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Combined, they’ll have to pay restitution of $435,018.36. They’ll repay the city of San Diego at the rate of $100 per month — which amounts to $1,200 annually each. At that rate, the money won’t be repaid until the year 2193. Both are on probation for five years.
In a lengthy statement, Judge Edward Allard III laid out his reasoning for not imposing the jail time the prosecutors had asked for. He said the defendants had already suffered significantly, losing their careers, incomes and reputations.
“By their pleas, they have now been held accountable,” he said. “I think it rings out loud and clear to other individuals in similar positions to the defendants, that if they choose to ignore the law and perpetrate an economic crime, they will, in fact, be accountable.”
Allard put the restitution repayment at the center of his reasoning.
“The only way that restitution is going to be secure for victims is by having the defendants repay it,” the judge said. “They’ve got to be working to repay it. They can’t repay it if they’re in custody.”
While in power, Smith and Dayacap paid themselves and other SEDC employees significantly more than they had reported to their board, the City Council and the public. By keeping key positions unfilled and obscuring budget documents, they funneled more than $1 million over five years to themselves and others without authorization.
The state Attorney General’s Office had accused them each of five criminal felony counts: conspiracy to commit a crime, three counts of embezzlement of public funds, and one count of misappropriation of public funds.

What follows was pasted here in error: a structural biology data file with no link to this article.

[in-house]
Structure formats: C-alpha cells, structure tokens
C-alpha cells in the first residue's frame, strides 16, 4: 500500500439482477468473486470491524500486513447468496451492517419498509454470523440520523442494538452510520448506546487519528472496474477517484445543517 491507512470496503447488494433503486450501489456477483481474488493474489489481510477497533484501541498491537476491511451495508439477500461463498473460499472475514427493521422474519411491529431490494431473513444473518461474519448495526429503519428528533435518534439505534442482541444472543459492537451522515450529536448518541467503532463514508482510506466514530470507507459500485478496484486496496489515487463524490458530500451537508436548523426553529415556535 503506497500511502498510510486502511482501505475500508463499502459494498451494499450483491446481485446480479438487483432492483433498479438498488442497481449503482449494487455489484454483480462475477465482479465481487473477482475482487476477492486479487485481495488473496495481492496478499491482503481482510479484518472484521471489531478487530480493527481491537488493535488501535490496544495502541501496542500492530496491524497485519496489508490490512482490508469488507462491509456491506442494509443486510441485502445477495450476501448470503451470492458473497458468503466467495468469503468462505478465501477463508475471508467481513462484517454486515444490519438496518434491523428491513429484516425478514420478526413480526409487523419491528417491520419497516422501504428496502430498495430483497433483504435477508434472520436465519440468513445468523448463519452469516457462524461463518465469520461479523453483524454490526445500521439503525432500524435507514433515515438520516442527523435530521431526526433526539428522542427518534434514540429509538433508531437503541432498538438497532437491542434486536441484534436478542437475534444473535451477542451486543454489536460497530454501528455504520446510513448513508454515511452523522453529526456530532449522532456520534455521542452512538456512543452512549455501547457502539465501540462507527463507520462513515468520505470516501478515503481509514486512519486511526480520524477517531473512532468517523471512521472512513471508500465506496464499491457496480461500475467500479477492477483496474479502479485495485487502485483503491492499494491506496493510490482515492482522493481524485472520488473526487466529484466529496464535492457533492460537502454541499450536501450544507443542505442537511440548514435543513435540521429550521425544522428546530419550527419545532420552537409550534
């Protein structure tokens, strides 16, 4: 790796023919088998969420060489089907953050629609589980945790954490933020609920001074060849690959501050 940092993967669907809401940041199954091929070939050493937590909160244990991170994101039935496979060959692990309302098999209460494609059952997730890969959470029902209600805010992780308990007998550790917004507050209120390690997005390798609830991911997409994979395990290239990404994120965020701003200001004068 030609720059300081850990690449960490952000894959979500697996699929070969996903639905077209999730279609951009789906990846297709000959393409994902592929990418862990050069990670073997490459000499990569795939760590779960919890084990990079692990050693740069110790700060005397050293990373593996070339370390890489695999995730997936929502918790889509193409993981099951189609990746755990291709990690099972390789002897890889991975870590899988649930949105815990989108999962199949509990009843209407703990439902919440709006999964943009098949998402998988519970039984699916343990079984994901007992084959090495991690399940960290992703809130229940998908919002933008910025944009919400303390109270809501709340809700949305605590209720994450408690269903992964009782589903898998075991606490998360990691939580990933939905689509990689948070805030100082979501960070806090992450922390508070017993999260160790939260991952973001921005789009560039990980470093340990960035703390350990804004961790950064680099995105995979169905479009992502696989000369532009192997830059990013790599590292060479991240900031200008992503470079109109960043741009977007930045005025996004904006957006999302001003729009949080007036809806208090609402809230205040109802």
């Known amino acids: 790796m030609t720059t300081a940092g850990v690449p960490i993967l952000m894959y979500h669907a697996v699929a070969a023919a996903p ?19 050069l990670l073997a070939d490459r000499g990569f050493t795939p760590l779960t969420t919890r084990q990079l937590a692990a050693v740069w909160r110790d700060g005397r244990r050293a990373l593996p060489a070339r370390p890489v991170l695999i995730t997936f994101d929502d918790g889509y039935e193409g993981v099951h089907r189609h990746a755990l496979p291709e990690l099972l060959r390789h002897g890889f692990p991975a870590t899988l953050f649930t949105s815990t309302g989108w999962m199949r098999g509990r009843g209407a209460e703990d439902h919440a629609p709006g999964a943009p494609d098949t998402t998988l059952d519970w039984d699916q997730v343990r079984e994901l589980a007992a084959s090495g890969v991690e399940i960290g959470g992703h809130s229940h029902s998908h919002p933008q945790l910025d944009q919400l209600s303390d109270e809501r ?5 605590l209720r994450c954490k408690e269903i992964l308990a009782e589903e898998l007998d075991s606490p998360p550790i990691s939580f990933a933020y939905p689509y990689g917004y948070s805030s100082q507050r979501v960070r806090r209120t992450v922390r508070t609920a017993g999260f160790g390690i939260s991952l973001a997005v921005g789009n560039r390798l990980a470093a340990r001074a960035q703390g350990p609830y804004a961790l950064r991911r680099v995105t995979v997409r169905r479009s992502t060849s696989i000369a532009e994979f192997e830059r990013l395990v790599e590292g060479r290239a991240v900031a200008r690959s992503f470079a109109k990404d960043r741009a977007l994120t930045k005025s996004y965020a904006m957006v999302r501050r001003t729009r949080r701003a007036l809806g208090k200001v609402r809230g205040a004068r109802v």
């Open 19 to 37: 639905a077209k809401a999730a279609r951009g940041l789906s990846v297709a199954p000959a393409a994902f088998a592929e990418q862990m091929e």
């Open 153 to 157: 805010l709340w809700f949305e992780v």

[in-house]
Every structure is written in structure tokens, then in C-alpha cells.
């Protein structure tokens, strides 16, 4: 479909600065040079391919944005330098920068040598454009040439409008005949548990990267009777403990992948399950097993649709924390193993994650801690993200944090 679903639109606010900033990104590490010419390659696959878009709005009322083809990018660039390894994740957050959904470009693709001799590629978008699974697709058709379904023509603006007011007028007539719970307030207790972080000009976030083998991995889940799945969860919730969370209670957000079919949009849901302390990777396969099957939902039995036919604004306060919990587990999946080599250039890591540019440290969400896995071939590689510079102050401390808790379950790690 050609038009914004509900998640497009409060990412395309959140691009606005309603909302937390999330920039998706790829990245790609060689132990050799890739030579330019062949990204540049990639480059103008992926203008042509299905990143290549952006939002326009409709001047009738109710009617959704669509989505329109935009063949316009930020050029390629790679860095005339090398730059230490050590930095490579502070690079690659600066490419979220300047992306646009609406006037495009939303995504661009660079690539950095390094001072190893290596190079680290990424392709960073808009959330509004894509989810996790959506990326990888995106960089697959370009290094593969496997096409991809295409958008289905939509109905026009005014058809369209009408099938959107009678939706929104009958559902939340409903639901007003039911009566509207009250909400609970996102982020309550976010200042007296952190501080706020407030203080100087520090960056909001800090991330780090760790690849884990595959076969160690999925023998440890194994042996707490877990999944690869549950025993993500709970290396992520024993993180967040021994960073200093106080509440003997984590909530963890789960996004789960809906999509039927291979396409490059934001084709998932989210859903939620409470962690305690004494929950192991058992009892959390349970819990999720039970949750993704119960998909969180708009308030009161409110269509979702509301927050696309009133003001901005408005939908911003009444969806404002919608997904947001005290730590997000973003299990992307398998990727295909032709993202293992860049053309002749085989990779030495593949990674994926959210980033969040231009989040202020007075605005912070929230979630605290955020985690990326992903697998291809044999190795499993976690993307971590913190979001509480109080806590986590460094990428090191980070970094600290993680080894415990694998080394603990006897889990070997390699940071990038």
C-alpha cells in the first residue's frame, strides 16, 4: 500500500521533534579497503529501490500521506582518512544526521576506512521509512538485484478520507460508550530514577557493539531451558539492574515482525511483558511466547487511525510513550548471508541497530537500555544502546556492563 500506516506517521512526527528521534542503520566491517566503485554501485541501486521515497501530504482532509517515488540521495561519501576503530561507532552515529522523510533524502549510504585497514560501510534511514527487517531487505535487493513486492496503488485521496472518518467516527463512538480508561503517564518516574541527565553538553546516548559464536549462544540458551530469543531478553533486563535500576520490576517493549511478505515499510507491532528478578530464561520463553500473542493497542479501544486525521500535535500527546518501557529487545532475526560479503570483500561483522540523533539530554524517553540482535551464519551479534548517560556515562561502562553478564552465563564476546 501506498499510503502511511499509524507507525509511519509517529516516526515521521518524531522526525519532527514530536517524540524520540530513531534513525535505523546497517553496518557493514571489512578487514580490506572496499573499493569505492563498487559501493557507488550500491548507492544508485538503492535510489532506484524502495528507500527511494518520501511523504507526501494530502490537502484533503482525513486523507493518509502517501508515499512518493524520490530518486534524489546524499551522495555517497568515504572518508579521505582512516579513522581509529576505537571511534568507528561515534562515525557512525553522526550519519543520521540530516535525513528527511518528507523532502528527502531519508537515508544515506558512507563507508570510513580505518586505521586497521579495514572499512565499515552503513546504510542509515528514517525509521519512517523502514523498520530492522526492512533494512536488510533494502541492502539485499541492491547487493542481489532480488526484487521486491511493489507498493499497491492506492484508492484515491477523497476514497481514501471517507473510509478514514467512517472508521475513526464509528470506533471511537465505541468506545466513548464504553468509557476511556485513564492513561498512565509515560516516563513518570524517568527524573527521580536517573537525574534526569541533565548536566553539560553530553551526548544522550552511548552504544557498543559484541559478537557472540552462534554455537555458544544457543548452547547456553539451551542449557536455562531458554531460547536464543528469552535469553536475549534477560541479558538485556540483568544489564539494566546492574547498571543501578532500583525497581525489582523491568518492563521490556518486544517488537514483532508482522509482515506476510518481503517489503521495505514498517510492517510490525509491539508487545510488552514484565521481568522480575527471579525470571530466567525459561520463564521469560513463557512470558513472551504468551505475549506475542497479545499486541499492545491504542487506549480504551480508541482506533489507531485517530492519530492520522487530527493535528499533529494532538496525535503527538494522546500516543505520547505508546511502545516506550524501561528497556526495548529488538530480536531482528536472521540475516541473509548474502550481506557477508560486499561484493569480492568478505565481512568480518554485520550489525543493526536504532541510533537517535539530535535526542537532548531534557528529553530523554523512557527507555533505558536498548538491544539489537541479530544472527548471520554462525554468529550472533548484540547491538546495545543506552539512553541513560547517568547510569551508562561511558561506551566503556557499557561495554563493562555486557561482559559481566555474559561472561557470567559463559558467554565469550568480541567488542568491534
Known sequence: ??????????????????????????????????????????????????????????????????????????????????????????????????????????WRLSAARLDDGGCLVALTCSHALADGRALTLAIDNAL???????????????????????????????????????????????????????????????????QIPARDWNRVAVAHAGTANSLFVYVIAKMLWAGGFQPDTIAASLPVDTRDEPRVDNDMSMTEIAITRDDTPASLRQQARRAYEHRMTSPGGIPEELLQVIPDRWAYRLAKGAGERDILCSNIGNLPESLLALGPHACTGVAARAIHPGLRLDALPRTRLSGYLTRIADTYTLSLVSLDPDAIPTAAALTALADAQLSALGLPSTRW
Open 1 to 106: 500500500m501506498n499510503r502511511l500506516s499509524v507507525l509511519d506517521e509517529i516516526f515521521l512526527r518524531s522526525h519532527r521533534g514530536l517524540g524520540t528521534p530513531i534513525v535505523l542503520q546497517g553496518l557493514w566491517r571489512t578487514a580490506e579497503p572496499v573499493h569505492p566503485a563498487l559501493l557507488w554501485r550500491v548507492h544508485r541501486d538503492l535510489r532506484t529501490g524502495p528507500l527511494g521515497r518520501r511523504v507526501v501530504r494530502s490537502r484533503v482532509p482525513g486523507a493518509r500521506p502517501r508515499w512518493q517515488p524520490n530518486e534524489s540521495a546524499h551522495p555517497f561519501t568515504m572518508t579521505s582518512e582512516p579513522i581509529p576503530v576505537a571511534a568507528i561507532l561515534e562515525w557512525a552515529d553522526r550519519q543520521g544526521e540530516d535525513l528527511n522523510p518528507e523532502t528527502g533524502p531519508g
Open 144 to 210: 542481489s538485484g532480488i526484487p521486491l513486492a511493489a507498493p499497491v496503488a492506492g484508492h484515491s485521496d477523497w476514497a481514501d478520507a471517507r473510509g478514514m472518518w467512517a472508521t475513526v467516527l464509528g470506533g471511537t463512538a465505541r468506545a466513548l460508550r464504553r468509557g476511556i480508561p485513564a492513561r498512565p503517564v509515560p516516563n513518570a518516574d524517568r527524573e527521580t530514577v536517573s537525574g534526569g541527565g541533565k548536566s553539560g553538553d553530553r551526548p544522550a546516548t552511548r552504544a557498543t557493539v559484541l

Before pleading guilty, the two each faced a maximum of seven years and four months in prison.
Smith and Dayacap took turns addressing the court, which was packed with loyal supporters.
Holding back tears, Dayacap apologized.
“I apologize to the city of San Diego, SEDC and the citizens of this community. My family, friends and associates were hurt because of my conduct,” Dayacap said. “I am deeply sorry. But most importantly, I am remorseful for the mistakes I made and I take full responsibility for my actions.”
Looking more composed, Smith added her apologies.
“This has been a difficult time for me grasping just what I did. And I’ve sought counseling to help me with that. I think I’m working through that and I am remorseful.”
Will Carless is an investigative reporter at voiceofsandiego.org. You can contact him directly at firstname.lastname@example.org or 619.550.5670.
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